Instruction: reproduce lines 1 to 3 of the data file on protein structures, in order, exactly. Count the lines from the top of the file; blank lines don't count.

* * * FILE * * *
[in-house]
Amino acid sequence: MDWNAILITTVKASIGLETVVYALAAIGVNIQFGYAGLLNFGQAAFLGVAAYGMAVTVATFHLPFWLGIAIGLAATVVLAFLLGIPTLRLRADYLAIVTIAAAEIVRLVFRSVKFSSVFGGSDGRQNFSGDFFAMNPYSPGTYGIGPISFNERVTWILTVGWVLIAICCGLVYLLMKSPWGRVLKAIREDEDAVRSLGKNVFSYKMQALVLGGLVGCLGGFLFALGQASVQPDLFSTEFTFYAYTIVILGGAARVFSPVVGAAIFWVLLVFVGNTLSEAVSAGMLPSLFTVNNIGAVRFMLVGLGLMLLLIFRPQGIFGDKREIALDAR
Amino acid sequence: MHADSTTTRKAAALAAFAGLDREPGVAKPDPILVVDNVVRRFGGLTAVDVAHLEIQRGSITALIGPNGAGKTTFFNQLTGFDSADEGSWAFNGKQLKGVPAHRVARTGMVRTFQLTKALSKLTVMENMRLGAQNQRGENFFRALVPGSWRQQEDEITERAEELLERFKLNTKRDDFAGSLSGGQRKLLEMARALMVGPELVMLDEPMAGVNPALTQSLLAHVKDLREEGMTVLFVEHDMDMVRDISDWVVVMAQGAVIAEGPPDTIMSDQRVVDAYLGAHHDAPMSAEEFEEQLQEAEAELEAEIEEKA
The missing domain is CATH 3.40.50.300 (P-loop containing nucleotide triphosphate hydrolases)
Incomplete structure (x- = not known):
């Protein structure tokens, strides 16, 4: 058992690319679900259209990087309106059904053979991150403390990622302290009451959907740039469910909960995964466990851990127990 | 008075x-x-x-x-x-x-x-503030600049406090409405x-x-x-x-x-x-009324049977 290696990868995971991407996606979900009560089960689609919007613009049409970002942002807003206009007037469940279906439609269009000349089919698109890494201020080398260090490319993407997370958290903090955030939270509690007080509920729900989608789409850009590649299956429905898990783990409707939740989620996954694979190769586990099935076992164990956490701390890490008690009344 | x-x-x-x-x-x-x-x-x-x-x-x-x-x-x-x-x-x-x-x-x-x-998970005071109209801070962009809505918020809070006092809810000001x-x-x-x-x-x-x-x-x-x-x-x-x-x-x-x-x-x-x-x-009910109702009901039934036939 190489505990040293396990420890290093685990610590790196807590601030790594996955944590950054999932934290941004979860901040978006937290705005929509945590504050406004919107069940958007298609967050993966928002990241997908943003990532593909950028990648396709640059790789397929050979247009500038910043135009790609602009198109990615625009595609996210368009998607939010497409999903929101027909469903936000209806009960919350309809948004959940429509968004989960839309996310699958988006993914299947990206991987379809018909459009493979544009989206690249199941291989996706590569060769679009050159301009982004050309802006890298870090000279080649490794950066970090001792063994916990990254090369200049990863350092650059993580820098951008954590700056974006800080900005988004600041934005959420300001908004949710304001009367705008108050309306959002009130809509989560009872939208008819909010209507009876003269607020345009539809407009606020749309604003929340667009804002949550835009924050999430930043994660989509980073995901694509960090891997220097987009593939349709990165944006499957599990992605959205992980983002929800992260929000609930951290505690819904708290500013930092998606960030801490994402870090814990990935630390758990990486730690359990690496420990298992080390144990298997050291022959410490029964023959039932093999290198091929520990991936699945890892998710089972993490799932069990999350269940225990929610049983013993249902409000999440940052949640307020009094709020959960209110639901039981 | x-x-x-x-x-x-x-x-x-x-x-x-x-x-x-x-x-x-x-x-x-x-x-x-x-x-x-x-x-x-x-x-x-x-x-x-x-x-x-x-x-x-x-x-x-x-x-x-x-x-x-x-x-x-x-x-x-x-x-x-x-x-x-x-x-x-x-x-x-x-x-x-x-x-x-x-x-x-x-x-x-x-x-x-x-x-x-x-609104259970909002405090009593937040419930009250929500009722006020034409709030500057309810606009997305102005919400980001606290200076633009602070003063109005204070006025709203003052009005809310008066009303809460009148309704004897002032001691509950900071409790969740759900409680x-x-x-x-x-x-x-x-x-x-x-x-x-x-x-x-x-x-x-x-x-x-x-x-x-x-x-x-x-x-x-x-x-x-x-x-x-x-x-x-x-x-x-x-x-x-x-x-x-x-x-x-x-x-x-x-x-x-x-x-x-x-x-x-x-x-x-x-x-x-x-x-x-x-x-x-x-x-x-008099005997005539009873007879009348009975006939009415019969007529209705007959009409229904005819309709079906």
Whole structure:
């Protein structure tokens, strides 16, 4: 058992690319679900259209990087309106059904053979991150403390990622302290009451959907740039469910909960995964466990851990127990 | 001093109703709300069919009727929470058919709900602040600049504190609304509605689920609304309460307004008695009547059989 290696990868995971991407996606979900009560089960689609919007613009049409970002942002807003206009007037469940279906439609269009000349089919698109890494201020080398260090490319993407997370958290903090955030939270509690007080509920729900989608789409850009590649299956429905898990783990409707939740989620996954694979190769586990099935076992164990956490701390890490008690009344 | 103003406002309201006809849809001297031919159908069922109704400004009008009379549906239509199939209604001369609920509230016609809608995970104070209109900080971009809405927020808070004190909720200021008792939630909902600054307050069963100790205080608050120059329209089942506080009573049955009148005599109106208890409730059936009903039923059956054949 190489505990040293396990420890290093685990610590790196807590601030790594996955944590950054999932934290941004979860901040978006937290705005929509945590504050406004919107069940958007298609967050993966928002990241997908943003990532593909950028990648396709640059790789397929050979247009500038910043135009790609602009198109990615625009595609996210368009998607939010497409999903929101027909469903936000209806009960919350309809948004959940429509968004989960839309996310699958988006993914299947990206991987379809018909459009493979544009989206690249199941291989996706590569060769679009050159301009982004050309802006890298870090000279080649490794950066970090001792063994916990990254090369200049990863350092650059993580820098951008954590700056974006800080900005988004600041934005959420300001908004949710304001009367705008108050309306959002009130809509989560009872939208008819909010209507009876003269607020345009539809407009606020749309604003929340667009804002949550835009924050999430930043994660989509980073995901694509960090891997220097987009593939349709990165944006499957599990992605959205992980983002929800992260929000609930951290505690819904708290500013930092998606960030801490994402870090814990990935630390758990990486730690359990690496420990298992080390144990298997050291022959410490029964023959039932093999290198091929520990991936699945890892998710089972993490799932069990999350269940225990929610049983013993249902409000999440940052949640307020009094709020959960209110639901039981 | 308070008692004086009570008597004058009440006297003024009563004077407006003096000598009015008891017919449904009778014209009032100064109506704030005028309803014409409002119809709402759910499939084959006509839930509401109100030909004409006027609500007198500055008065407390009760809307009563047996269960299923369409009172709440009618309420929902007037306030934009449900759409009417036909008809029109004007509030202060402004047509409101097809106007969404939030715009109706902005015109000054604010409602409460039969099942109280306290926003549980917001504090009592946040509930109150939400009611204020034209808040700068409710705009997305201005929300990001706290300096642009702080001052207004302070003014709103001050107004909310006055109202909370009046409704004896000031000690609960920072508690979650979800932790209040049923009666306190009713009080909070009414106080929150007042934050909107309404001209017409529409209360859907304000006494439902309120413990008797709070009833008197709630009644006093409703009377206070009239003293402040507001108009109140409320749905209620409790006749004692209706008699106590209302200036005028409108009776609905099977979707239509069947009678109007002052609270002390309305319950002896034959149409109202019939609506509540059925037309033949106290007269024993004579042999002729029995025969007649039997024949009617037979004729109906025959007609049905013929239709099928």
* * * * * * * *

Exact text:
[in-house]
Amino acid sequence: MDWNAILITTVKASIGLETVVYALAAIGVNIQFGYAGLLNFGQAAFLGVAAYGMAVTVATFHLPFWLGIAIGLAATVVLAFLLGIPTLRLRADYLAIVTIAAAEIVRLVFRSVKFSSVFGGSDGRQNFSGDFFAMNPYSPGTYGIGPISFNERVTWILTVGWVLIAICCGLVYLLMKSPWGRVLKAIREDEDAVRSLGKNVFSYKMQALVLGGLVGCLGGFLFALGQASVQPDLFSTEFTFYAYTIVILGGAARVFSPVVGAAIFWVLLVFVGNTLSEAVSAGMLPSLFTVNNIGAVRFMLVGLGLMLLLIFRPQGIFGDKREIALDAR
Amino acid sequence: MHADSTTTRKAAALAAFAGLDREPGVAKPDPILVVDNVVRRFGGLTAVDVAHLEIQRGSITALIGPNGAGKTTFFNQLTGFDSADEGSWAFNGKQLKGVPAHRVARTGMVRTFQLTKALSKLTVMENMRLGAQNQRGENFFRALVPGSWRQQEDEITERAEELLERFKLNTKRDDFAGSLSGGQRKLLEMARALMVGPELVMLDEPMAGVNPALTQSLLAHVKDLREEGMTVLFVEHDMDMVRDISDWVVVMAQGAVIAEGPPDTIMSDQRVVDAYLGAHHDAPMSAEEFEEQLQEAEAELEAEIEEKA